9. Jan 18, 2012 #8

    Simon Bridge

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    nowhere - that's where we are. the observer is always stationary from the POV of the observer.
    but from the POV of b, b is going nowhere. From the POV of a different galactic cluster to our own, our galaxy is red-shifted.

    I know what you mean. But that is normal relativity, nothing to do with the redshift. Everybody is stationary from their own POV.

    The reason you think you can tell if you are moving or not is because you look and see that the ground is moving - you realize that the ground is usually still and so deduce that you are moving instead. Stuff like that. In intergalactic space - what can stand-in for the ground?

    Actually, my model was only 1D ... a closed universe could be a hypersphere - all 3 dimensions of space eventually wrap around on themselves.

    If the universe were small enough we could confirm this directly since we could look out as see ourselves, much younger, some distance away. You get that in the little model too ... remember it is a circle?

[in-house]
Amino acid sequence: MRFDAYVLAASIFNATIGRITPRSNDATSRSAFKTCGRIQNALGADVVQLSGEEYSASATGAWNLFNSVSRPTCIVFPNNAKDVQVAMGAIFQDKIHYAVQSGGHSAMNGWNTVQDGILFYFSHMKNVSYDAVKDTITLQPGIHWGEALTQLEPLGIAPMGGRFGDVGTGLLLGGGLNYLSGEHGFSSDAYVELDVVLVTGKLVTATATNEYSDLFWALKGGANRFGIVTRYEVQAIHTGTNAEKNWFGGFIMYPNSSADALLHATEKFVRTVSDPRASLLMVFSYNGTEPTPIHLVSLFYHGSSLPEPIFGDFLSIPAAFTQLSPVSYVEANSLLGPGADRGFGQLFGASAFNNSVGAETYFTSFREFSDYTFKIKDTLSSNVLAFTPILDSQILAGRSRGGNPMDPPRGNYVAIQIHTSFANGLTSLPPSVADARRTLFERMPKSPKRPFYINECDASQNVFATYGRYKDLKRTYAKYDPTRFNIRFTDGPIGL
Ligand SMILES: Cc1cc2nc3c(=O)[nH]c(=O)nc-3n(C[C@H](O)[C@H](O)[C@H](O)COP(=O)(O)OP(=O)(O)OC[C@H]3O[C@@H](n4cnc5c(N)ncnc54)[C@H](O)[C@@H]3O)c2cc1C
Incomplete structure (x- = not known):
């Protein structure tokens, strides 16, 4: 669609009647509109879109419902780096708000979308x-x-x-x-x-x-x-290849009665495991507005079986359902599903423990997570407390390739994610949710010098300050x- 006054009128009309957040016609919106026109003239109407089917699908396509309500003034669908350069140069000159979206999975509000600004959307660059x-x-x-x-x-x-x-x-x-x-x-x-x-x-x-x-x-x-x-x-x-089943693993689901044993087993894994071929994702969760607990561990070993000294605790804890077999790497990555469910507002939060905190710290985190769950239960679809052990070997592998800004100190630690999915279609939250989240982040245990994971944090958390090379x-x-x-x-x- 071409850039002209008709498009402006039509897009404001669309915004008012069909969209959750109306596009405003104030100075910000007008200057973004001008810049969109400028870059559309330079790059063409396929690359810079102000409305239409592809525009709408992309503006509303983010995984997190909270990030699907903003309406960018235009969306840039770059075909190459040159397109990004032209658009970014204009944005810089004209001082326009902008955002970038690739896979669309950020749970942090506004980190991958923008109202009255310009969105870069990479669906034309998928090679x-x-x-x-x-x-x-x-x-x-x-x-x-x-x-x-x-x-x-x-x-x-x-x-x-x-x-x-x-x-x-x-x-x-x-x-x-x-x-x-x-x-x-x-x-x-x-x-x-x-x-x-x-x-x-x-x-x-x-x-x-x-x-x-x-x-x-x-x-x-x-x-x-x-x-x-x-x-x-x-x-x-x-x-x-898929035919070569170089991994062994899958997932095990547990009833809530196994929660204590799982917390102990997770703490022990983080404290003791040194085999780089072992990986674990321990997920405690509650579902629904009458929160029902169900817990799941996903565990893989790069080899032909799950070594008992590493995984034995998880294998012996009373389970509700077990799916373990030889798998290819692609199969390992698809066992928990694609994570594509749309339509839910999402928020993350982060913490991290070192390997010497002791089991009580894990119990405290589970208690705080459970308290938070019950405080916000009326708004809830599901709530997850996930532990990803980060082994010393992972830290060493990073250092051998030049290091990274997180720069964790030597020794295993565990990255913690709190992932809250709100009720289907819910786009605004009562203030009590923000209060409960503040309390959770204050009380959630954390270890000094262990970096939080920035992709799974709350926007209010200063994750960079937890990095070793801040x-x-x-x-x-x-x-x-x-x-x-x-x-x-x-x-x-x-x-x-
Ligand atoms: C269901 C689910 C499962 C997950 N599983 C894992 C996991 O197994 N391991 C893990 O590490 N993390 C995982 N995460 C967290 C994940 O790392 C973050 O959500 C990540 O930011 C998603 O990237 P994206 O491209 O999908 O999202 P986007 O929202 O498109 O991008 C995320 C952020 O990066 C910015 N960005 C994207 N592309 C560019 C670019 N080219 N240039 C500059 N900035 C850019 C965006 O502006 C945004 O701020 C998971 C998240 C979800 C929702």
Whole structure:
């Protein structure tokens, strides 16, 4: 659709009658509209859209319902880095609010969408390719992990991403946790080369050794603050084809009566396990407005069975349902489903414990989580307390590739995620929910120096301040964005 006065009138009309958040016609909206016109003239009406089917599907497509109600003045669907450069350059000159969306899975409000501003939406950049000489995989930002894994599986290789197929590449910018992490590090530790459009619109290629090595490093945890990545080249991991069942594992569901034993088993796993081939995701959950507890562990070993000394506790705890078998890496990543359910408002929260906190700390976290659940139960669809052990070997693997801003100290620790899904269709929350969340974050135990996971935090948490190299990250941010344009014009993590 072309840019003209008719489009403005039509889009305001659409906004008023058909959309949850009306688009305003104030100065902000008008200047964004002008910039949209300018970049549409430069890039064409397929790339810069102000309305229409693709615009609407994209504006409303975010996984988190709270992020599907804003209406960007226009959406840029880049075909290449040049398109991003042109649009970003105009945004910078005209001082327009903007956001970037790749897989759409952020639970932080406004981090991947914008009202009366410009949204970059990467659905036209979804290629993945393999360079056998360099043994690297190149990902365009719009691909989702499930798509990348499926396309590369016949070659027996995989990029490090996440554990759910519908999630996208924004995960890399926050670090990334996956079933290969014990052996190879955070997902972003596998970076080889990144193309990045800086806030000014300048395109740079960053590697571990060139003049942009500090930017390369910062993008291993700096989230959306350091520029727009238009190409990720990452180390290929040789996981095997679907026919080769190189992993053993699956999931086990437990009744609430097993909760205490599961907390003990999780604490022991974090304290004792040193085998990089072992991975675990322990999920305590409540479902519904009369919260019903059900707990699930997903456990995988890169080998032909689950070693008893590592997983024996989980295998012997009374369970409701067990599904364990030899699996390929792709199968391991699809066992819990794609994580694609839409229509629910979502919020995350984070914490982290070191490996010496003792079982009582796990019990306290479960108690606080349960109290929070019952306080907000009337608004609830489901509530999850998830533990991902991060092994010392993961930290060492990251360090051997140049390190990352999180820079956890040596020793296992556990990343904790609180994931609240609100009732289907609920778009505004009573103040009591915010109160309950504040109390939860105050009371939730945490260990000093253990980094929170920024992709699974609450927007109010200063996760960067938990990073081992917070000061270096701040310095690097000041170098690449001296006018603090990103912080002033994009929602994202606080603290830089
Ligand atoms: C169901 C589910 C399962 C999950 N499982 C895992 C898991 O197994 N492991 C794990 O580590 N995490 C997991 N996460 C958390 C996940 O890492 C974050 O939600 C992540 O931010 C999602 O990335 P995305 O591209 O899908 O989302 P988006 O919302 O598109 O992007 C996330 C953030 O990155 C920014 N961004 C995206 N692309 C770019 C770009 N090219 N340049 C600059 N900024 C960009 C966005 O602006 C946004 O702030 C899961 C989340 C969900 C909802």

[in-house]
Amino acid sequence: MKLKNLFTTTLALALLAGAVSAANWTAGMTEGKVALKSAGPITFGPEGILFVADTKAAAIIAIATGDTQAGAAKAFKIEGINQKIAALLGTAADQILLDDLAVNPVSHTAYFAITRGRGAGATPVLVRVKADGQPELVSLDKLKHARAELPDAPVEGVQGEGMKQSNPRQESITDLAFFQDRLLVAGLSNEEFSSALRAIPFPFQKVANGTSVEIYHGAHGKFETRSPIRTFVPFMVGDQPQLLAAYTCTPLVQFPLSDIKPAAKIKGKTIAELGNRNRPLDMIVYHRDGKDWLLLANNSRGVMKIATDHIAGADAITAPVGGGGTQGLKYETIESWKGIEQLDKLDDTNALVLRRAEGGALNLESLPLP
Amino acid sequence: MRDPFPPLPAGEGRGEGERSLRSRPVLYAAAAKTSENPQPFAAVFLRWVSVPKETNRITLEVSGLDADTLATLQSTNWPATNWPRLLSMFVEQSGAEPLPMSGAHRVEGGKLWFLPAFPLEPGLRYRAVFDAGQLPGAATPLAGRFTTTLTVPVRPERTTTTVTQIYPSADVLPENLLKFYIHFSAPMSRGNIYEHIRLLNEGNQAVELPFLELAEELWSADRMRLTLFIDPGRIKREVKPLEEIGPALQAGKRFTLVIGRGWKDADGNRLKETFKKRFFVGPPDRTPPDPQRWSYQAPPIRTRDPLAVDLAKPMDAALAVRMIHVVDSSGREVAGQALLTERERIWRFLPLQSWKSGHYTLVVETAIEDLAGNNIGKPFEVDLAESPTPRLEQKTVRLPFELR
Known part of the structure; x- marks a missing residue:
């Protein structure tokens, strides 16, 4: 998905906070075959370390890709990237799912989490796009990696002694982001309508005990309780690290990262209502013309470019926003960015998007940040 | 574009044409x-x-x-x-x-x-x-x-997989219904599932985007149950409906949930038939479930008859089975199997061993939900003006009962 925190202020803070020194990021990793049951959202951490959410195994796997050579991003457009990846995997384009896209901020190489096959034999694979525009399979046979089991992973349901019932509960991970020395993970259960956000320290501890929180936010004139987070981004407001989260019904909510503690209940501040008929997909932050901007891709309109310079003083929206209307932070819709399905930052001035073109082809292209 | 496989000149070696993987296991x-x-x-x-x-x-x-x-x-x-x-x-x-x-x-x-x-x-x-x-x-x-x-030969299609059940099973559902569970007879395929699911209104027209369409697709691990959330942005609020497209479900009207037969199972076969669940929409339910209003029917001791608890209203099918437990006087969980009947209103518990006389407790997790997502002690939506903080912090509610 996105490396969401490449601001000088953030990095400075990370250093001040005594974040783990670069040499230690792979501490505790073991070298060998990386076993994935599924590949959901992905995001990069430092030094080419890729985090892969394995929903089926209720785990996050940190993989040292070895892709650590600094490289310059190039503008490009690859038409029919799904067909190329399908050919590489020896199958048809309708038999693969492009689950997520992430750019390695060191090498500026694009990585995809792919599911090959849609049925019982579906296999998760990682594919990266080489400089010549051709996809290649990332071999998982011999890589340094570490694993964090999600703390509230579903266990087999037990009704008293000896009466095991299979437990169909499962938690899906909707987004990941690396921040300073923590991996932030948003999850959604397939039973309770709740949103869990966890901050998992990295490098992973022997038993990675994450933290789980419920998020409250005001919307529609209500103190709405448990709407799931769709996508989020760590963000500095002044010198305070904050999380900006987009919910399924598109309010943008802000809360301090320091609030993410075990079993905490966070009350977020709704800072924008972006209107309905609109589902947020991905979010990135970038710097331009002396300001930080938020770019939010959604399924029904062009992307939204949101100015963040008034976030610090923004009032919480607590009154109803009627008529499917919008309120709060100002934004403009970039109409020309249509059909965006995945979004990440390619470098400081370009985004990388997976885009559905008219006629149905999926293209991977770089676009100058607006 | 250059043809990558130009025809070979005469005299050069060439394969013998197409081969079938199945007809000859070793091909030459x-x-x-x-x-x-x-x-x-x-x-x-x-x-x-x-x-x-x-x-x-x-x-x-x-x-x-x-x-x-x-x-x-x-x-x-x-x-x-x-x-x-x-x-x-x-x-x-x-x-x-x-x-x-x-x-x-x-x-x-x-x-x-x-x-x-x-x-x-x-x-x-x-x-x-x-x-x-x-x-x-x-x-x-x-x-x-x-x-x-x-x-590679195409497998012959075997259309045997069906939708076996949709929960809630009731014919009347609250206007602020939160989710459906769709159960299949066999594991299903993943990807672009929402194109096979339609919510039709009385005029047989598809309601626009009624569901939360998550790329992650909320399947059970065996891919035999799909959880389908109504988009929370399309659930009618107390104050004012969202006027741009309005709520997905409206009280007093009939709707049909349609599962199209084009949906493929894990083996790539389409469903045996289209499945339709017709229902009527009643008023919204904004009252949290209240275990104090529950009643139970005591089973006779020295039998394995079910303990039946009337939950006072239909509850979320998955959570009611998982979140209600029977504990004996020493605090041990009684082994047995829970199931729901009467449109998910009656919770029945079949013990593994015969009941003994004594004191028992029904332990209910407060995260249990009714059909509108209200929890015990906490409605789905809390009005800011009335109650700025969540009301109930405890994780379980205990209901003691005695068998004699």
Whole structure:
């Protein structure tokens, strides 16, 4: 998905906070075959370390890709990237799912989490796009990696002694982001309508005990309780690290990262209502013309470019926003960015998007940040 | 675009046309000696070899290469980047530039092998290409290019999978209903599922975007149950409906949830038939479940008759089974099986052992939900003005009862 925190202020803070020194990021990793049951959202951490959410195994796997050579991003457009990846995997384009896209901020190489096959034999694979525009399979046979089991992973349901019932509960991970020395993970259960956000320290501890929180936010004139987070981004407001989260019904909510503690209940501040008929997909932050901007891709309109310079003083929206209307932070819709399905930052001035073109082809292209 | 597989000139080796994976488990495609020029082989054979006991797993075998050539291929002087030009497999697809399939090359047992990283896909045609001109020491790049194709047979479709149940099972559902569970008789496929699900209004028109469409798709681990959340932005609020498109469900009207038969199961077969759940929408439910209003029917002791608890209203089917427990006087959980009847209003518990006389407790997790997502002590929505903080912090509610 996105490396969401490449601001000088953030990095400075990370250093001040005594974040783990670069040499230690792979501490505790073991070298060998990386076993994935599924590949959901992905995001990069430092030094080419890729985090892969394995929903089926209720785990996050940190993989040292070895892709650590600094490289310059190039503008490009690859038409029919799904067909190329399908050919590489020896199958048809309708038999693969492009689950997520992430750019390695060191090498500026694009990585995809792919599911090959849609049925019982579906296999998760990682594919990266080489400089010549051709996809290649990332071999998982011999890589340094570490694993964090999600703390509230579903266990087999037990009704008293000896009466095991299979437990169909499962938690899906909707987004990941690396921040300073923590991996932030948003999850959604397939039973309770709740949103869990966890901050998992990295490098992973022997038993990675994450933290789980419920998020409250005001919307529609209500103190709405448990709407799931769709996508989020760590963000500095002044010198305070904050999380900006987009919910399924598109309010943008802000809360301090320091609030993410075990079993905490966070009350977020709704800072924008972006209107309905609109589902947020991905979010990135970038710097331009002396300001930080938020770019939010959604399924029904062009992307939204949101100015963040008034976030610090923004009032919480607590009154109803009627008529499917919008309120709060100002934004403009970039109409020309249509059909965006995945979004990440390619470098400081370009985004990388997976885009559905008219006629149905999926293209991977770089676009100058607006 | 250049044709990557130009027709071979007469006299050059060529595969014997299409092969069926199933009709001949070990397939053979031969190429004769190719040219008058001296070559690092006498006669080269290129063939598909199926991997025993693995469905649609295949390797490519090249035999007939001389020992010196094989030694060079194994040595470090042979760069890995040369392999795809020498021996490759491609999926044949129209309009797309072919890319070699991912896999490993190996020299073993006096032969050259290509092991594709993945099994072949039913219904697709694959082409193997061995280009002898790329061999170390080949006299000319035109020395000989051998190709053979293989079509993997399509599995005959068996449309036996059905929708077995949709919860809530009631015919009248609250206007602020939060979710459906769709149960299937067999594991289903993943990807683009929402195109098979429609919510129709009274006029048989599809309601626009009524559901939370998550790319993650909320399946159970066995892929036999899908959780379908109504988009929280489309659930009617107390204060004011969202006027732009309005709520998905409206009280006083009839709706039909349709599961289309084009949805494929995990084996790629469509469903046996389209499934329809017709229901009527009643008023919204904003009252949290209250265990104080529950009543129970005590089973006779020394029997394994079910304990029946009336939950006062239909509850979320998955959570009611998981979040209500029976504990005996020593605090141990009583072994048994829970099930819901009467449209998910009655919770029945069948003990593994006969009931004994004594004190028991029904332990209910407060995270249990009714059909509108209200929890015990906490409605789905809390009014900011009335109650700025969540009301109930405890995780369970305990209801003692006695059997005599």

... here I have primed the repeats because c' is just c only younger (provided this universe is not expanding: expansion changes things). if the gap "---" is a light-year then c would see c' (itself at that distance), but from 6 years ago.

    If you imagine that this universe expands one "-" a year, then it started 3 years ago. That means anything more than 3ly away from c looks like the primal universe ... same with everyone else: they all see the primal universe 3ly away. Nobody gets to see the whole universe for a while. What's more, if this universe were bigger, then parts of it will be retreating from the observer faster than light - and so will never be seen. (This last one took me a while.)

    If the stars only started shining 2 years ago, then nobody will even get to see to the start of Everything.

    What with all this, if the curve of the universe is shallow enough then it will appear flat ... just like the Earth looks flat to people on it's surface. We have to detect the curvature of the Earth indirectly - or leave the surface. But we cannot leave the Universe so indirect is the best we got.

    It takes practice to get your head around all this.

    What some people suggest is thinking of the galaxies as currents in a pudding - the pudding starts out as a dense dough and expands as it is cooking. The expanding pudding is space.